Talk:Floyd-Warshall's Algorithm

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Three comments. 1. I don't think it requires triangle inequality.. I haven't deleted it, I just commented it out, let me know if I'm wrong.. 2. It's just a simple dynamic programming.. but maybe we should change the pseudo-code to the O( n^3 ) space version to show to beginners the recurrence.. 3. Writing out the recurrence (or psuedocode in its recursive form) should illustrate better what we're doing.. instead of giving them a black box of "three for loops" (which admittingly, got by for me for quite some time..) Larry 12:59, 9 Dec 2005 (EST)

You're right about 1. (The triangle inequality was already there in the original article, though; I only gave it a name). We aren't really "using" the triangle inequality. About 2 (and 3), the dilemma is more general—should the easier-to-understand version be presented, or the more efficient one? What is important for Algorithmist—explaining algorithms or just giving the best possible ones? Aboyner 20:42, 9 Dec 2005 (EST)
I think that in cases like this one the best way is to present both approaches. Start with the simple & pedagogical one. Once everything is clear, show the practical one and explain why it does the same. --Misof 18:48, 11 Dec 2005 (EST)

Also, don't forget to add a pre-condition about negative cycles in the graph... and a paragraph about their detection. --Misof 18:50, 11 Dec 2005 (EST)

Isn't it weird that the psuedo code is takes up O(n^3) space while you said that floyd warshall uses O(n^2). Personally I think the O(n^3) space is really waste of memory. Better to do the normal O(n^2) space floyd warshall.--Roticv 14:25, 31 Dec 2005 (EST)

I wanted to make the dynamic programming part (the recurrence) clear to a newcomer. Probably a better wording/integration would help! --Larry 16:06, 31 Dec 2005 (EST)

What's wrong with the "code" tags? Why does the first line come outside the box? "pre" is too primitive to use; code would be better if it worked... --Aboyner 01:15, 1 Jan 2006 (EST)

Nevermind, we don't need code tags at all. An offset by a few spaces before every line does the job. --Aboyner 01:20, 1 Jan 2006 (EST)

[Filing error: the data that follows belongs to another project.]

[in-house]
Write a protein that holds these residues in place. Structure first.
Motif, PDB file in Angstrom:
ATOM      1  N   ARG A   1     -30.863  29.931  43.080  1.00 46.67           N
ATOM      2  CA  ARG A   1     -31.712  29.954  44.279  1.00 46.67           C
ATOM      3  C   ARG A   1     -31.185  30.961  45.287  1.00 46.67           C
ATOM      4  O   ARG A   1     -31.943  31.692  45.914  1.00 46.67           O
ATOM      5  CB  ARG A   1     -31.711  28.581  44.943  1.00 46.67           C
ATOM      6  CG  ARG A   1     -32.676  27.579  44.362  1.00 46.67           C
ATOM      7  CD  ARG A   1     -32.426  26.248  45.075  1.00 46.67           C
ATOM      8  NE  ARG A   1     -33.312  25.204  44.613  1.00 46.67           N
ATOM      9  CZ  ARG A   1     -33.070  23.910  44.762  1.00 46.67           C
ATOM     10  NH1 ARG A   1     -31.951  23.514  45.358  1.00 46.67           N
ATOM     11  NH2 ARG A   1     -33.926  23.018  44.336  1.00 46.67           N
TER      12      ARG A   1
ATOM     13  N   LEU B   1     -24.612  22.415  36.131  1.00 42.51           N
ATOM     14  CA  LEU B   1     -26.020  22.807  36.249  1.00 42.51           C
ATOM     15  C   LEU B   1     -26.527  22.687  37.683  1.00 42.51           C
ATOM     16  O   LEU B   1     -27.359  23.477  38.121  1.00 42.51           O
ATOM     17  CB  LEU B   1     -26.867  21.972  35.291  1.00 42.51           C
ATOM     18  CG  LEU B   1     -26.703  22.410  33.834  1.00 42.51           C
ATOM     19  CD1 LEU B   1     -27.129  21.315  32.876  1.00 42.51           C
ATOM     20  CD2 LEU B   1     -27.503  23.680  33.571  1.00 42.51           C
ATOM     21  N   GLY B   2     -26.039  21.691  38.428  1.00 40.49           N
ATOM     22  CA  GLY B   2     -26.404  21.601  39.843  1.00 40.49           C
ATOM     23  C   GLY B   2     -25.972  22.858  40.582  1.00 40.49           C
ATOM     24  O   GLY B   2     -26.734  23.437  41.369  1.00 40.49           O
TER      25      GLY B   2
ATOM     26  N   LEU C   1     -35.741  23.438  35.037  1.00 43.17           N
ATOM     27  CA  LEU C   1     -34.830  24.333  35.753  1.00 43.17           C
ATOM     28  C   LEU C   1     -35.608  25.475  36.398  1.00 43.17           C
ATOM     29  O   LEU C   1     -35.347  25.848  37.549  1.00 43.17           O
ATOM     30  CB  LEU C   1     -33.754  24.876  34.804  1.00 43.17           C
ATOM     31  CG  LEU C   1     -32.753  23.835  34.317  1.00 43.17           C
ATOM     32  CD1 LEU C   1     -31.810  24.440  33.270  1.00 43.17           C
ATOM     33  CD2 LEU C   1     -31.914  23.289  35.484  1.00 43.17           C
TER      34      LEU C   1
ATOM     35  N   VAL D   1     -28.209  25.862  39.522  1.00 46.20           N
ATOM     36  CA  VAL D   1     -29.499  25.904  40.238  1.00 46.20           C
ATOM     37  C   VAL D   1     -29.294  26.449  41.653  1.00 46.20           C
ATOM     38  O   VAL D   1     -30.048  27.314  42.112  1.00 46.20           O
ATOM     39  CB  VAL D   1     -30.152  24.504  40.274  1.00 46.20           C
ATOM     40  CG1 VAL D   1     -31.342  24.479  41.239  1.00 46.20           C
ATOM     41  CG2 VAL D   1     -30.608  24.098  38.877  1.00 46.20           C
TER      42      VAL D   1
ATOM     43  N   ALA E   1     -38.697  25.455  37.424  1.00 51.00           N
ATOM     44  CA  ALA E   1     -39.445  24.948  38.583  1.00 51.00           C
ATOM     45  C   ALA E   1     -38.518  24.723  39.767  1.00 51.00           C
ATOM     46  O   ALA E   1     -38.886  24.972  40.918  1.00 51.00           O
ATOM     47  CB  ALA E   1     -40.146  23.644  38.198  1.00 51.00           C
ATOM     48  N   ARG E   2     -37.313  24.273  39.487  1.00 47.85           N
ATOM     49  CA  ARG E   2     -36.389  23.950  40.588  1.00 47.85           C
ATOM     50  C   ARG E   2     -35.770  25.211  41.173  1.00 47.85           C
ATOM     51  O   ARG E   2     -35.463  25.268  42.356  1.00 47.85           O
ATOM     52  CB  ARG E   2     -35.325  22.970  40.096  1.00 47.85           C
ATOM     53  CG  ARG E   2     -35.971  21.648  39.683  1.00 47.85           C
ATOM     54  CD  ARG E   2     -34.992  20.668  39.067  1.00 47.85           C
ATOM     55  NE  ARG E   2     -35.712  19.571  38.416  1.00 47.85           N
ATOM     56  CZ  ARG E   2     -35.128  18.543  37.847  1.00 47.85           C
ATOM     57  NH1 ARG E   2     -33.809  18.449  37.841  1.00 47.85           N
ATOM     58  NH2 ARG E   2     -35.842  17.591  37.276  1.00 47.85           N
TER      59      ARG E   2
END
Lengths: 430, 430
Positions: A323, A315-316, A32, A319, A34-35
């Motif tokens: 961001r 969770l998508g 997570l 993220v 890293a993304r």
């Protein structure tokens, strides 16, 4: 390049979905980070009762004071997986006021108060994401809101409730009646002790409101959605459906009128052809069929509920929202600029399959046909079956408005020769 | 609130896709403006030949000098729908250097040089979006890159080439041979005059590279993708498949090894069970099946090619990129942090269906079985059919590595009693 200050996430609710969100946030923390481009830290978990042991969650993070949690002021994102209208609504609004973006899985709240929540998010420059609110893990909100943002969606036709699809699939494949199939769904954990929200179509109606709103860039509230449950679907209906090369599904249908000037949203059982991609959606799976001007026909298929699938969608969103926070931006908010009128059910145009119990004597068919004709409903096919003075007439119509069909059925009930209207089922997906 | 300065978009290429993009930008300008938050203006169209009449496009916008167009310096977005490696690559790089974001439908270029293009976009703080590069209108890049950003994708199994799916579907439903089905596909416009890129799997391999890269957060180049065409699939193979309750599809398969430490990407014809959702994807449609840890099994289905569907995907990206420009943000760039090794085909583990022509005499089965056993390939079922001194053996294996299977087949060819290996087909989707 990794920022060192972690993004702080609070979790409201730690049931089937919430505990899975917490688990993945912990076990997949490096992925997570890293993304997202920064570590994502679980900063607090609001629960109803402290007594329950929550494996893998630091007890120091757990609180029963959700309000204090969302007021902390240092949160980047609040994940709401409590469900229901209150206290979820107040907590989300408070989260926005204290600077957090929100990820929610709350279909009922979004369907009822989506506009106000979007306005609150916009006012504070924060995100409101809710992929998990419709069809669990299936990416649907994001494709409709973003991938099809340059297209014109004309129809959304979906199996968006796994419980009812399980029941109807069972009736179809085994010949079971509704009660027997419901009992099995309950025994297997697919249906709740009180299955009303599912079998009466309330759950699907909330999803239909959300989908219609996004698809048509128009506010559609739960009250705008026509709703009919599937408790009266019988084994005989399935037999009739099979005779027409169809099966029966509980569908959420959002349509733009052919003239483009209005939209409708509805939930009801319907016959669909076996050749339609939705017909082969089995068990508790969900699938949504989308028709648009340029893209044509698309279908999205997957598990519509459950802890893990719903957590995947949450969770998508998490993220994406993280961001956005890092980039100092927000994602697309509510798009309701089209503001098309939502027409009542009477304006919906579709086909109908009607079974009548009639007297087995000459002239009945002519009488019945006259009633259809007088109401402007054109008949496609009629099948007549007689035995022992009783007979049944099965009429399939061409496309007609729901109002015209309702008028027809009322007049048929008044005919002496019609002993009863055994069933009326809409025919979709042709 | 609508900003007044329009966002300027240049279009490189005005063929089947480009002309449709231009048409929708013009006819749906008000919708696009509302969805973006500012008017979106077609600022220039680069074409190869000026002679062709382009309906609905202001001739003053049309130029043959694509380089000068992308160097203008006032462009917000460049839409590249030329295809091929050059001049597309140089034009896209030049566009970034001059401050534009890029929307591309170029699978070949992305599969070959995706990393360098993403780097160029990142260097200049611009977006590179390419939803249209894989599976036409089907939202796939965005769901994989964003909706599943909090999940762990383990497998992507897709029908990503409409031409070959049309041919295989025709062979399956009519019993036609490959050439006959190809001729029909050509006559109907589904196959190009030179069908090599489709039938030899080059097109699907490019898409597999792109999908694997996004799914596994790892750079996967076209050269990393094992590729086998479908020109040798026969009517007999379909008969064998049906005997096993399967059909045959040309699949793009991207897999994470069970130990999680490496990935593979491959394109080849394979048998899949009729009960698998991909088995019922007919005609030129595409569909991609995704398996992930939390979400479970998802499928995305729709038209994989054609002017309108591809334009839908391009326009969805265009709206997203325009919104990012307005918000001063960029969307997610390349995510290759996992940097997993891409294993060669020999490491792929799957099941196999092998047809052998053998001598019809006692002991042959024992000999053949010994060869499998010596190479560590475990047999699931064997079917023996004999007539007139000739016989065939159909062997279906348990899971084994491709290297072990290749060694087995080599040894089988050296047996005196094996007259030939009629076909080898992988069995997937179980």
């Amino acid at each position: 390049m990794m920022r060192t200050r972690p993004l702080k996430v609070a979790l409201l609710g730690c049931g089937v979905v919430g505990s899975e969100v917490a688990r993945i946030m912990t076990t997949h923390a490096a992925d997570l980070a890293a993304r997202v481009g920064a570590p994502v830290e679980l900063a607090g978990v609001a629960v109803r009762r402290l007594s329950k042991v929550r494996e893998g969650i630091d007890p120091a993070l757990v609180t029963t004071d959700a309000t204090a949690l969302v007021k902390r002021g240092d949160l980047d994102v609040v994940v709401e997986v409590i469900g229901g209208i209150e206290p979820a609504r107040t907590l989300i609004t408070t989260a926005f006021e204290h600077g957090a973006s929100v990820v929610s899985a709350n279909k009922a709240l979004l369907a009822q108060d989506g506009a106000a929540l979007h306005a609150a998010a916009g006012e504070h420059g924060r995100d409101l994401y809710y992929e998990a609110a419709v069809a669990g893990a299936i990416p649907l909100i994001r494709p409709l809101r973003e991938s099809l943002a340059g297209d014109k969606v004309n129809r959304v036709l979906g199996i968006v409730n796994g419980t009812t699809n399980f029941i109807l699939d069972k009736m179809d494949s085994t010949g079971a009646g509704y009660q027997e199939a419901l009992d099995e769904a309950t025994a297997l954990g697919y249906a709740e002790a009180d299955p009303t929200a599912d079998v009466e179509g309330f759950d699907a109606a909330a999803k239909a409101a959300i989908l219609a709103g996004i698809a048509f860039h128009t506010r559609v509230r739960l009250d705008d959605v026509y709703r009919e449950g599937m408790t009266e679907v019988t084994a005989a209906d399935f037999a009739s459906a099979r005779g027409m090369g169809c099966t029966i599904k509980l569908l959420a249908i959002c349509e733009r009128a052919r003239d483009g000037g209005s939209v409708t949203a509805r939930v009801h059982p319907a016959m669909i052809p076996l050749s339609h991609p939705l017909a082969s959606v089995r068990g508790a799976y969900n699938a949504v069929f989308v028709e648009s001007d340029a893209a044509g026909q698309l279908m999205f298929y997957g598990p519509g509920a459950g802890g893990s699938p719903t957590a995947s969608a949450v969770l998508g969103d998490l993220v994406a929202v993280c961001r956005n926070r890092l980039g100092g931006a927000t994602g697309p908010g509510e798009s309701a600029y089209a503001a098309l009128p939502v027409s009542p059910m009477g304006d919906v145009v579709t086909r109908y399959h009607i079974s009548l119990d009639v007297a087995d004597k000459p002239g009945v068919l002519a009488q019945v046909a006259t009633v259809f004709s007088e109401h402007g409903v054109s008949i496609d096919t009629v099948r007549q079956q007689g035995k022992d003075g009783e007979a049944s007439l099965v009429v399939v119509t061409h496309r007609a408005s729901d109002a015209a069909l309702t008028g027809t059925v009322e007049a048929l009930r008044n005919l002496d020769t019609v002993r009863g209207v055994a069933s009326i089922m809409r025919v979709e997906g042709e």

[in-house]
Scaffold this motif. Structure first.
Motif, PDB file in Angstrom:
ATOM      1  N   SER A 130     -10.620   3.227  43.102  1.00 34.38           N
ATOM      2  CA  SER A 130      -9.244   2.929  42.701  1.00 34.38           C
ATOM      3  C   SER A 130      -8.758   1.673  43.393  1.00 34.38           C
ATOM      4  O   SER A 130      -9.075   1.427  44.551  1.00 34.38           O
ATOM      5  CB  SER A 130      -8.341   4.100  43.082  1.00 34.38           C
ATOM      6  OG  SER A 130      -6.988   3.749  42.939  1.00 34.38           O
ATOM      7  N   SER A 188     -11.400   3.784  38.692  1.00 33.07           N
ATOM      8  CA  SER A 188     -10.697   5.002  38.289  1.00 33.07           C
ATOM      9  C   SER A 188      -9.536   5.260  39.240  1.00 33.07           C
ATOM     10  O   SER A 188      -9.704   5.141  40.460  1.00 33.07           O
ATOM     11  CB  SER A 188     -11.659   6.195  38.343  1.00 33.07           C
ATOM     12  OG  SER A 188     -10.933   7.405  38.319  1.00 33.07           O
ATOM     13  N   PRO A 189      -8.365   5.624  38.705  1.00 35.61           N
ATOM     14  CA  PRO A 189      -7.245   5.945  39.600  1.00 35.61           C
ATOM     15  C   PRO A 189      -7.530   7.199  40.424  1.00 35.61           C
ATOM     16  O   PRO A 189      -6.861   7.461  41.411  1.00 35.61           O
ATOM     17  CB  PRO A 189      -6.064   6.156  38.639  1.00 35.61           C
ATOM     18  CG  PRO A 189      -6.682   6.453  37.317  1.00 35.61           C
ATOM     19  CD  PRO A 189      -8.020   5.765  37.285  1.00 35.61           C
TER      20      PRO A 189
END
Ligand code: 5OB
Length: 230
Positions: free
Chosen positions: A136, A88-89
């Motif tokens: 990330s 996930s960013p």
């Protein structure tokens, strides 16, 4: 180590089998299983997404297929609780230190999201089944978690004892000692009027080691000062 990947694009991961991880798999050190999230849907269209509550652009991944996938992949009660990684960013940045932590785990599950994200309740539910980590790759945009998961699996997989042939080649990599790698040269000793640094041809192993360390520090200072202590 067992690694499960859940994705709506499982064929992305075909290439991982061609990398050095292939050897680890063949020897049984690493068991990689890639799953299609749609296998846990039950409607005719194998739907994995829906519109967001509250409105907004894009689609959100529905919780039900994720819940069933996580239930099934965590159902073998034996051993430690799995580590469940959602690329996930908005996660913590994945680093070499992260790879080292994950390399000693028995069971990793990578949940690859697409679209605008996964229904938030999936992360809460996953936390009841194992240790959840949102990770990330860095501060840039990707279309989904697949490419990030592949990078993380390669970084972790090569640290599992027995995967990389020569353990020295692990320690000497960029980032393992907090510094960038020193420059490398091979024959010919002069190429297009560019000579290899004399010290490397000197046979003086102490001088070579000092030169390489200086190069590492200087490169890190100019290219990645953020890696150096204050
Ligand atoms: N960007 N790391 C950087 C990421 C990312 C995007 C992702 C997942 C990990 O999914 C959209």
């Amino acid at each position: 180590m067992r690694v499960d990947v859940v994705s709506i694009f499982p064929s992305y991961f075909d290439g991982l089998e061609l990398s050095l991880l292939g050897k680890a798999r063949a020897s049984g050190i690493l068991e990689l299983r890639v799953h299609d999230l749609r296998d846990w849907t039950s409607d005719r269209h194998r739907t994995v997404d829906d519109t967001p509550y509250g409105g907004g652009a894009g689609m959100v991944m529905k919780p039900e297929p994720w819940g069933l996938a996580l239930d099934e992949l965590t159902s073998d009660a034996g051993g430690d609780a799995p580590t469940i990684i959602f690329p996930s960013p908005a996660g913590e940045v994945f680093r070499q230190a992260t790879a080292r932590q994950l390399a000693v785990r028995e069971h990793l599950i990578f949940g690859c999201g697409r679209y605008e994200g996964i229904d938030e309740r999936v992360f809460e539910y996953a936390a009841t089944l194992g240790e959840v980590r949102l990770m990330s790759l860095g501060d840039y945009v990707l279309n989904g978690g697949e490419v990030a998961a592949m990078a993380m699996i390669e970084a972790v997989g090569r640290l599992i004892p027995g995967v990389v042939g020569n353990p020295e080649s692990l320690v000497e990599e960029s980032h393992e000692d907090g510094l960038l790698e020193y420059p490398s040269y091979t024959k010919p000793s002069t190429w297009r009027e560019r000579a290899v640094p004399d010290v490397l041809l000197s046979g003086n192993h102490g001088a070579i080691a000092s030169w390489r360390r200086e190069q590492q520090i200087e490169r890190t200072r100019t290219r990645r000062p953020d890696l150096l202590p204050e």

I would prefer to keep the tags explicit rather than implicit, as it is consistent with the rest of the site, and more control over what is outputted. The O(n^3) was made to be explicit (and intentionally so), and it doesn't really make sense to have one dimension in subscript while the others are not.. we can write about how to reduce the space to O(n^2).. --Larry 14:12, 2 Jan 2006 (EST)
Firstly, I had misunderstood the purpose of the code tags. It looks like they don't put stuff in a box, they don't do anything beyond what the tt tags do—the box effect was because the rest of the lines were all indented :) I think the pre tags are too restrictive, it does not allow any HTML or other markup, or highlighting... it's like plaintext. Using leading spaces is more expressive, and it gives as much control as pre (I think. Look at ). pre, unlike code, does not carry any semantic meaning attached to it, so I don't see why explicit tags are better. As for being consistent with the rest of the site, I think we should first decide which is better and then use it for the rest of the site, and not be constrained by choices made in the past (those can be changed, anyway). And FWIW, Wikipedia uses leading spaces for code samples, at least on those pages I checked.
You are right that it looks odd to have one dimension in the subscripts and two others not, sorry about that... cool ideas aren't, especially those that occur at midnight :) --Aboyner 23:55, 2 Jan 2006 (EST)